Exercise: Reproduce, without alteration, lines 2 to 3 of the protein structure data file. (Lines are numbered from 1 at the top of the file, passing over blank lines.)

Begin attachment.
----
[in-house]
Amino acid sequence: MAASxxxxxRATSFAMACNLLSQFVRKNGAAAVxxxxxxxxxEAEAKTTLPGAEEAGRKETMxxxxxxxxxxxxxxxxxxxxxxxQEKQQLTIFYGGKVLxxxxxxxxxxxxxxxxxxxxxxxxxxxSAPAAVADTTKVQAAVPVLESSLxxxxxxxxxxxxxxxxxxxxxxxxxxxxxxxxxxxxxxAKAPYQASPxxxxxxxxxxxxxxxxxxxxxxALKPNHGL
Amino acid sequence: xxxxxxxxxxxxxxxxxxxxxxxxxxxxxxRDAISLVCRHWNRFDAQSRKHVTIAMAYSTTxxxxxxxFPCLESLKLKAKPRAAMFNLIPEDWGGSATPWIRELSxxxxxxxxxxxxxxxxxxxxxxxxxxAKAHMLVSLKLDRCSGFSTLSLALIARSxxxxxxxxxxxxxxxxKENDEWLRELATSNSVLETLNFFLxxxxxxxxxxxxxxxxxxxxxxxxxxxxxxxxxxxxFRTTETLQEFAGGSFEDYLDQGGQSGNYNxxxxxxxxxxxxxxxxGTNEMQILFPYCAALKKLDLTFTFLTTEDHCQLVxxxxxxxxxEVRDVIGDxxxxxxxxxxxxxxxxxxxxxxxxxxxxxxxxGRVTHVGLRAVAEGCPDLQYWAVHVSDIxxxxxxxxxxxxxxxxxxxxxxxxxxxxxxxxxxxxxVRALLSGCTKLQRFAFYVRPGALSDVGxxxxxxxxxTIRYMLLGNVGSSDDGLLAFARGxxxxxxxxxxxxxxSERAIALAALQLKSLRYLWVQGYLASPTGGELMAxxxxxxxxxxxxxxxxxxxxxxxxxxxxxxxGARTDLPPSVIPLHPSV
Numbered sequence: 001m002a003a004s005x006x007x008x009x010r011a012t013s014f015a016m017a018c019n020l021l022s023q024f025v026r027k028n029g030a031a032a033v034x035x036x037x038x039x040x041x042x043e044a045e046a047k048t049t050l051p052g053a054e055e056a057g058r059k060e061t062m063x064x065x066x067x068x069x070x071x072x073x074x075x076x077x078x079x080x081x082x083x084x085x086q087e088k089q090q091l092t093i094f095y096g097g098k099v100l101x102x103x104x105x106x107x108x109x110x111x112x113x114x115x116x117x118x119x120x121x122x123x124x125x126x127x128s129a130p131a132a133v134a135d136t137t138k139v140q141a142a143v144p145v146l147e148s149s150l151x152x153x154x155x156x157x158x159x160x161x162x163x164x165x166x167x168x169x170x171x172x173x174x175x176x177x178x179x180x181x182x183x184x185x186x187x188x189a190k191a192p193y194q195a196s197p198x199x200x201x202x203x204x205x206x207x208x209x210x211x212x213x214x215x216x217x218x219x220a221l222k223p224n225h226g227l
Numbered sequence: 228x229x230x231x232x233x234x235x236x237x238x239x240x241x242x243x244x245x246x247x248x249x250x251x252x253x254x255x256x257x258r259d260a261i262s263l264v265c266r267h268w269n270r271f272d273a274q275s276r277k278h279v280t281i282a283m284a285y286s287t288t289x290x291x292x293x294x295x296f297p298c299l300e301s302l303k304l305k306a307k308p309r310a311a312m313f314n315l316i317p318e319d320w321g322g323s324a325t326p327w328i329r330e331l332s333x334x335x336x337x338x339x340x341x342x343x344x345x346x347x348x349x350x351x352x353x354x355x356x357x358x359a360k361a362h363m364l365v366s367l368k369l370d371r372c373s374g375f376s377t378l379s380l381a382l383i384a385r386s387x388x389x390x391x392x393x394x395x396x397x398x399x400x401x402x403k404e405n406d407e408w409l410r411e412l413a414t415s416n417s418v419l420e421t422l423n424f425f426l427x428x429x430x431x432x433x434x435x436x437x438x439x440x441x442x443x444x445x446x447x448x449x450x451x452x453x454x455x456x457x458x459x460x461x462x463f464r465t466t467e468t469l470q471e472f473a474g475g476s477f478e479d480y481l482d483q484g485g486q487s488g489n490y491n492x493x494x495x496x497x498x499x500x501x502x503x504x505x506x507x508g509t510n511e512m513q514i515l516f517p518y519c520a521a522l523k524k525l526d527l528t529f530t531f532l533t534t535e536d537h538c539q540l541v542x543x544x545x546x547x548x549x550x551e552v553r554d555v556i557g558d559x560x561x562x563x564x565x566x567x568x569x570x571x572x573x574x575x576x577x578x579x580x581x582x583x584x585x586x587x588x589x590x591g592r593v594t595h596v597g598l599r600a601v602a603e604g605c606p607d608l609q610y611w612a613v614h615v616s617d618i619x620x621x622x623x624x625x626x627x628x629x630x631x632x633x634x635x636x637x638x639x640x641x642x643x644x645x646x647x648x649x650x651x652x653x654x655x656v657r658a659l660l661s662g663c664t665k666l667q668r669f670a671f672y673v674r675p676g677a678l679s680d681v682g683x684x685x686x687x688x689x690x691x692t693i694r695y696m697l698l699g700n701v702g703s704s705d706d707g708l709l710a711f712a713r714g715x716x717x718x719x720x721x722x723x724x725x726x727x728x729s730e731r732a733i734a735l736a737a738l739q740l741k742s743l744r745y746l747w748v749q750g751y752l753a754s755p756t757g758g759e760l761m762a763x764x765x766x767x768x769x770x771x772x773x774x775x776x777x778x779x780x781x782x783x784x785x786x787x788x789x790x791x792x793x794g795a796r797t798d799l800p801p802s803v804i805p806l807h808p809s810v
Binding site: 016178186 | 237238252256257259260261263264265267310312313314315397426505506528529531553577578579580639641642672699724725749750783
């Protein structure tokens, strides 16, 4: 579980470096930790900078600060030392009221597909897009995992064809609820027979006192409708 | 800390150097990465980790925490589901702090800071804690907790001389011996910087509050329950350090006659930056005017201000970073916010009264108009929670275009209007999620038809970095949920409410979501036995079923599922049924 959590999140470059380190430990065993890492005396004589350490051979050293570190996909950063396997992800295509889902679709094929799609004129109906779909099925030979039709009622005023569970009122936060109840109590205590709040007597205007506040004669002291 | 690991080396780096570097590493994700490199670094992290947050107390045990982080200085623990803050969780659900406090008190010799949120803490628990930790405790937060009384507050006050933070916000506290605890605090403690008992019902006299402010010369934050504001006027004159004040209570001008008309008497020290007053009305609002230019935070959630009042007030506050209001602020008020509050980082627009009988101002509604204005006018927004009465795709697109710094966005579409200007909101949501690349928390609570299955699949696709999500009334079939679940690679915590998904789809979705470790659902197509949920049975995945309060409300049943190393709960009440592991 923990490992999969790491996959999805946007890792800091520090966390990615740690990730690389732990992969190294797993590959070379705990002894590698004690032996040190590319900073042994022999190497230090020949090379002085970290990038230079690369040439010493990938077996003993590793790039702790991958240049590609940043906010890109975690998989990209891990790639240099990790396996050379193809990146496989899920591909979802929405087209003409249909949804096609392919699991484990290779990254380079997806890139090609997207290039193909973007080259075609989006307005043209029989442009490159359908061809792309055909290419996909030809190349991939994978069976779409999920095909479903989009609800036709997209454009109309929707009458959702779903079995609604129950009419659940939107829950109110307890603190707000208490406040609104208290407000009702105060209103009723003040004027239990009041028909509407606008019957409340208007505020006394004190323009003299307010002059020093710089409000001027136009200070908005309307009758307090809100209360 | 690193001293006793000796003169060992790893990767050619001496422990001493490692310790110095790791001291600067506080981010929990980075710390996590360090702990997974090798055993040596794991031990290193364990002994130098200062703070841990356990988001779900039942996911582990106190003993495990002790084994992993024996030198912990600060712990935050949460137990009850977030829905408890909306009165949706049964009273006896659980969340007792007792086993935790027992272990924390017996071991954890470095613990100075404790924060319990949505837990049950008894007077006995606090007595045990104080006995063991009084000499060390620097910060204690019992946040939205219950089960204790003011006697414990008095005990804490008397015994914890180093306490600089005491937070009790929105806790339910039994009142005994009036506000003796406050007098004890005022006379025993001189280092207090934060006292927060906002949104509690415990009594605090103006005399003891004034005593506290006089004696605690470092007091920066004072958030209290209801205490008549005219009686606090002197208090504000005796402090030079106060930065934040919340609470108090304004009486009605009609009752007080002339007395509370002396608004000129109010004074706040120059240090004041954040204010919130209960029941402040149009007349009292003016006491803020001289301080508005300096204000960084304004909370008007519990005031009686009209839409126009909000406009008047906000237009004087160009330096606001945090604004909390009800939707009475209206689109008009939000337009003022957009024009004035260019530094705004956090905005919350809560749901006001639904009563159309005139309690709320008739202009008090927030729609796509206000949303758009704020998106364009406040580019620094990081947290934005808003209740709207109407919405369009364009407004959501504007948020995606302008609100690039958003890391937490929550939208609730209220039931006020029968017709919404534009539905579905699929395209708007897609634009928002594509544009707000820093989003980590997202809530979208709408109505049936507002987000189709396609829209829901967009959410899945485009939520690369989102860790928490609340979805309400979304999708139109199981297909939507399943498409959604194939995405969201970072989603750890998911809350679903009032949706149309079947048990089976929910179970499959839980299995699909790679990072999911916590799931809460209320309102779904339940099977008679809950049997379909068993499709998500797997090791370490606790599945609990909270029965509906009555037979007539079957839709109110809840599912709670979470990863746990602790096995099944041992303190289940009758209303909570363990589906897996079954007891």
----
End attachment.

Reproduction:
Amino acid sequence: MAASxxxxxRATSFAMACNLLSQFVRKNGAAAVxxxxxxxxxEAEAKTTLPGAEEAGRKETMxxxxxxxxxxxxxxxxxxxxxxxQEKQQLTIFYGGKVLxxxxxxxxxxxxxxxxxxxxxxxxxxxSAPAAVADTTKVQAAVPVLESSLxxxxxxxxxxxxxxxxxxxxxxxxxxxxxxxxxxxxxxAKAPYQASPxxxxxxxxxxxxxxxxxxxxxxALKPNHGL
Amino acid sequence: xxxxxxxxxxxxxxxxxxxxxxxxxxxxxxRDAISLVCRHWNRFDAQSRKHVTIAMAYSTTxxxxxxxFPCLESLKLKAKPRAAMFNLIPEDWGGSATPWIRELSxxxxxxxxxxxxxxxxxxxxxxxxxxAKAHMLVSLKLDRCSGFSTLSLALIARSxxxxxxxxxxxxxxxxKENDEWLRELATSNSVLETLNFFLxxxxxxxxxxxxxxxxxxxxxxxxxxxxxxxxxxxxFRTTETLQEFAGGSFEDYLDQGGQSGNYNxxxxxxxxxxxxxxxxGTNEMQILFPYCAALKKLDLTFTFLTTEDHCQLVxxxxxxxxxEVRDVIGDxxxxxxxxxxxxxxxxxxxxxxxxxxxxxxxxGRVTHVGLRAVAEGCPDLQYWAVHVSDIxxxxxxxxxxxxxxxxxxxxxxxxxxxxxxxxxxxxxVRALLSGCTKLQRFAFYVRPGALSDVGxxxxxxxxxTIRYMLLGNVGSSDDGLLAFARGxxxxxxxxxxxxxxSERAIALAALQLKSLRYLWVQGYLASPTGGELMAxxxxxxxxxxxxxxxxxxxxxxxxxxxxxxxGARTDLPPSVIPLHPSV